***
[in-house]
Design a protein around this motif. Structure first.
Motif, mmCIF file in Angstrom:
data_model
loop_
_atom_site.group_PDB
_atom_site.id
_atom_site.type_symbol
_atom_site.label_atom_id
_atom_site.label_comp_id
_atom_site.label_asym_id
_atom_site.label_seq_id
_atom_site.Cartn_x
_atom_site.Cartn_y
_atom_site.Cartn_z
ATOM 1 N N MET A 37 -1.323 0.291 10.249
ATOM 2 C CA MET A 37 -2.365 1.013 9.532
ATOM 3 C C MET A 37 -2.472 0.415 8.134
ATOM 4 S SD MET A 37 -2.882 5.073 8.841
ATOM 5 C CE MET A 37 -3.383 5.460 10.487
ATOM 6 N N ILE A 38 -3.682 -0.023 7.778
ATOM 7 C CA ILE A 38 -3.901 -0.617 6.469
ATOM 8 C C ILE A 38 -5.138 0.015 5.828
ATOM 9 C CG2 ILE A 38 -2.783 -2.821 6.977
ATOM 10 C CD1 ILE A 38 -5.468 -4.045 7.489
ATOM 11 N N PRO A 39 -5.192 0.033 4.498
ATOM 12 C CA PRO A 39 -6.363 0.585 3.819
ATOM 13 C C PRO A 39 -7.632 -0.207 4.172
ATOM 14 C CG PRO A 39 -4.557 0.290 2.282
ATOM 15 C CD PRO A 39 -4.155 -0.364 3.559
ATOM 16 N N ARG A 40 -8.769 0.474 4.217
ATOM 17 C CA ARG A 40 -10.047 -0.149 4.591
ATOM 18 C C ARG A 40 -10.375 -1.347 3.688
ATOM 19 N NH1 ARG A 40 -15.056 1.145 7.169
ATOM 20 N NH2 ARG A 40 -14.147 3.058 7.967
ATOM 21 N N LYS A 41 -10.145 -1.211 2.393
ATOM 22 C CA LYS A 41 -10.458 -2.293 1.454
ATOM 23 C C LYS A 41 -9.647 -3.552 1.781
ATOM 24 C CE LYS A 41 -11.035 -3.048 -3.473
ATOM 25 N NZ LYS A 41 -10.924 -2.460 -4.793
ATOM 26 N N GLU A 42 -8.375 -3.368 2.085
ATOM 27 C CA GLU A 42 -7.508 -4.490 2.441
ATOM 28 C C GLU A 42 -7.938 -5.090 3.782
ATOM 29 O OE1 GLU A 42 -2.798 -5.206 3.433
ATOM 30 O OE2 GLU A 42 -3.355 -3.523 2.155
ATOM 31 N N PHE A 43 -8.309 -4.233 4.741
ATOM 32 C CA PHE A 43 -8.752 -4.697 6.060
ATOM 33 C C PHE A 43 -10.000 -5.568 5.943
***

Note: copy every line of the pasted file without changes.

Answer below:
[in-house]
Design a protein around this motif. Structure first.
Motif, mmCIF file in Angstrom:
data_model
loop_
_atom_site.group_PDB
_atom_site.id
_atom_site.type_symbol
_atom_site.label_atom_id
_atom_site.label_comp_id
_atom_site.label_asym_id
_atom_site.label_seq_id
_atom_site.Cartn_x
_atom_site.Cartn_y
_atom_site.Cartn_z
ATOM 1 N N MET A 37 -1.323 0.291 10.249
ATOM 2 C CA MET A 37 -2.365 1.013 9.532
ATOM 3 C C MET A 37 -2.472 0.415 8.134
ATOM 4 S SD MET A 37 -2.882 5.073 8.841
ATOM 5 C CE MET A 37 -3.383 5.460 10.487
ATOM 6 N N ILE A 38 -3.682 -0.023 7.778
ATOM 7 C CA ILE A 38 -3.901 -0.617 6.469
ATOM 8 C C ILE A 38 -5.138 0.015 5.828
ATOM 9 C CG2 ILE A 38 -2.783 -2.821 6.977
ATOM 10 C CD1 ILE A 38 -5.468 -4.045 7.489
ATOM 11 N N PRO A 39 -5.192 0.033 4.498
ATOM 12 C CA PRO A 39 -6.363 0.585 3.819
ATOM 13 C C PRO A 39 -7.632 -0.207 4.172
ATOM 14 C CG PRO A 39 -4.557 0.290 2.282
ATOM 15 C CD PRO A 39 -4.155 -0.364 3.559
ATOM 16 N N ARG A 40 -8.769 0.474 4.217
ATOM 17 C CA ARG A 40 -10.047 -0.149 4.591
ATOM 18 C C ARG A 40 -10.375 -1.347 3.688
ATOM 19 N NH1 ARG A 40 -15.056 1.145 7.169
ATOM 20 N NH2 ARG A 40 -14.147 3.058 7.967
ATOM 21 N N LYS A 41 -10.145 -1.211 2.393
ATOM 22 C CA LYS A 41 -10.458 -2.293 1.454
ATOM 23 C C LYS A 41 -9.647 -3.552 1.781
ATOM 24 C CE LYS A 41 -11.035 -3.048 -3.473
ATOM 25 N NZ LYS A 41 -10.924 -2.460 -4.793
ATOM 26 N N GLU A 42 -8.375 -3.368 2.085
ATOM 27 C CA GLU A 42 -7.508 -4.490 2.441
ATOM 28 C C GLU A 42 -7.938 -5.090 3.782
ATOM 29 O OE1 GLU A 42 -2.798 -5.206 3.433
ATOM 30 O OE2 GLU A 42 -3.355 -3.523 2.155
ATOM 31 N N PHE A 43 -8.309 -4.233 4.741
ATOM 32 C CA PHE A 43 -8.752 -4.697 6.060
ATOM 33 C C PHE A 43 -10.000 -5.568 5.943